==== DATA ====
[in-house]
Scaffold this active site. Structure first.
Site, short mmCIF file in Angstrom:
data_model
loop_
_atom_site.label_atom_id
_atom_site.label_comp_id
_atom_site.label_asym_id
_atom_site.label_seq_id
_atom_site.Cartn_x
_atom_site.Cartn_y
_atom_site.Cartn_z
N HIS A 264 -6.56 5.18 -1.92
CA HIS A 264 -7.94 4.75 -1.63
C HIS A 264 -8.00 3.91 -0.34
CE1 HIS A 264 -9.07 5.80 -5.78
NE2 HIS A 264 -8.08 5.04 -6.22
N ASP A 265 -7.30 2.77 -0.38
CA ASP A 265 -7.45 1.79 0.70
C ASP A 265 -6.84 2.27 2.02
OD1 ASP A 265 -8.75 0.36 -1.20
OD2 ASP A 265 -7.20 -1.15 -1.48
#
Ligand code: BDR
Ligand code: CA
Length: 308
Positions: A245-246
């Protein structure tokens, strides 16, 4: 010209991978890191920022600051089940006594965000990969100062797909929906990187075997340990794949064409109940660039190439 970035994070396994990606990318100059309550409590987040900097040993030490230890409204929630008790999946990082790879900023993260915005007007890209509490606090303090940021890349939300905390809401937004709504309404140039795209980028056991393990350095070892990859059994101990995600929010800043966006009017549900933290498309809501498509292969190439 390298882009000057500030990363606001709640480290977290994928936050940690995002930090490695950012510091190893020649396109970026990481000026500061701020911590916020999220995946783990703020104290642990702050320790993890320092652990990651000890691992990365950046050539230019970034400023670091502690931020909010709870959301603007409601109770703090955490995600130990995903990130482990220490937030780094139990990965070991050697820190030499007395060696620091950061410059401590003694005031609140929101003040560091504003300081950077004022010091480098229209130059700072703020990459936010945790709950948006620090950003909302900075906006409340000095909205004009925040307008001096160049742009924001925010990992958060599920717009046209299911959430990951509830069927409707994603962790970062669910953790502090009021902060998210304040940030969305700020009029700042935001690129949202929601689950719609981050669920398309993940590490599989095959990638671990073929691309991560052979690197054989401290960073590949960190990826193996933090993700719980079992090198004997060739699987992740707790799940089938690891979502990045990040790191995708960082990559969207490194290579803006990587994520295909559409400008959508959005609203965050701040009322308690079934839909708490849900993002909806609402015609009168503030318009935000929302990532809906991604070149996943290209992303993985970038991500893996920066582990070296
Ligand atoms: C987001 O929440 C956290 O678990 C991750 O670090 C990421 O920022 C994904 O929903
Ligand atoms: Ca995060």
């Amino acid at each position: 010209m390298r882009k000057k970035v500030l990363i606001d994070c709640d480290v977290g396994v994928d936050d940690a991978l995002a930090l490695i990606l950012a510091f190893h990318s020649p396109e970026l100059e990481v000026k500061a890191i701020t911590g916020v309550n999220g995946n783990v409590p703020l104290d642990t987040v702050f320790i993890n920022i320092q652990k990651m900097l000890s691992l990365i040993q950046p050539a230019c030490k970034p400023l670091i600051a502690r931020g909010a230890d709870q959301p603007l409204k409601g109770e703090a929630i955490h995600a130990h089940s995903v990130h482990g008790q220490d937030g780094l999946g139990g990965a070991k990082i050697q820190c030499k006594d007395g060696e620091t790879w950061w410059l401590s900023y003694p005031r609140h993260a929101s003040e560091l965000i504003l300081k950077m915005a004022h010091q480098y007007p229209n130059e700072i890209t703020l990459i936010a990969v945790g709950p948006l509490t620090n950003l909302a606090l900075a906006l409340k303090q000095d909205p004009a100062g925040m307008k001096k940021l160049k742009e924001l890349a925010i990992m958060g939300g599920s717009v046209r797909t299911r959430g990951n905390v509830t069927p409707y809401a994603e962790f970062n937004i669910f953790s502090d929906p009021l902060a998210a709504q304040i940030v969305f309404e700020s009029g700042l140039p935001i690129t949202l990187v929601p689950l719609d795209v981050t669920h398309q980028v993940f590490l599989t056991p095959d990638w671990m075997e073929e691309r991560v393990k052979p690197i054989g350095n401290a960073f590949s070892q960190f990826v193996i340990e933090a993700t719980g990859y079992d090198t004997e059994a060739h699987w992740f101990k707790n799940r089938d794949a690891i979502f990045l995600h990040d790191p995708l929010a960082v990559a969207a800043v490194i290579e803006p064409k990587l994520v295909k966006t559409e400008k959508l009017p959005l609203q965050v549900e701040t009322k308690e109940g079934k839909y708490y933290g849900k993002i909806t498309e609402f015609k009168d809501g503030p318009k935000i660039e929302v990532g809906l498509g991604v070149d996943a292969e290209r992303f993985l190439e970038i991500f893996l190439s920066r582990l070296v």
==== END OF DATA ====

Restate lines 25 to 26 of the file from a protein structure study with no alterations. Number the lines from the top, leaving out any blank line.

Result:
Ligand code: CA
Length: 308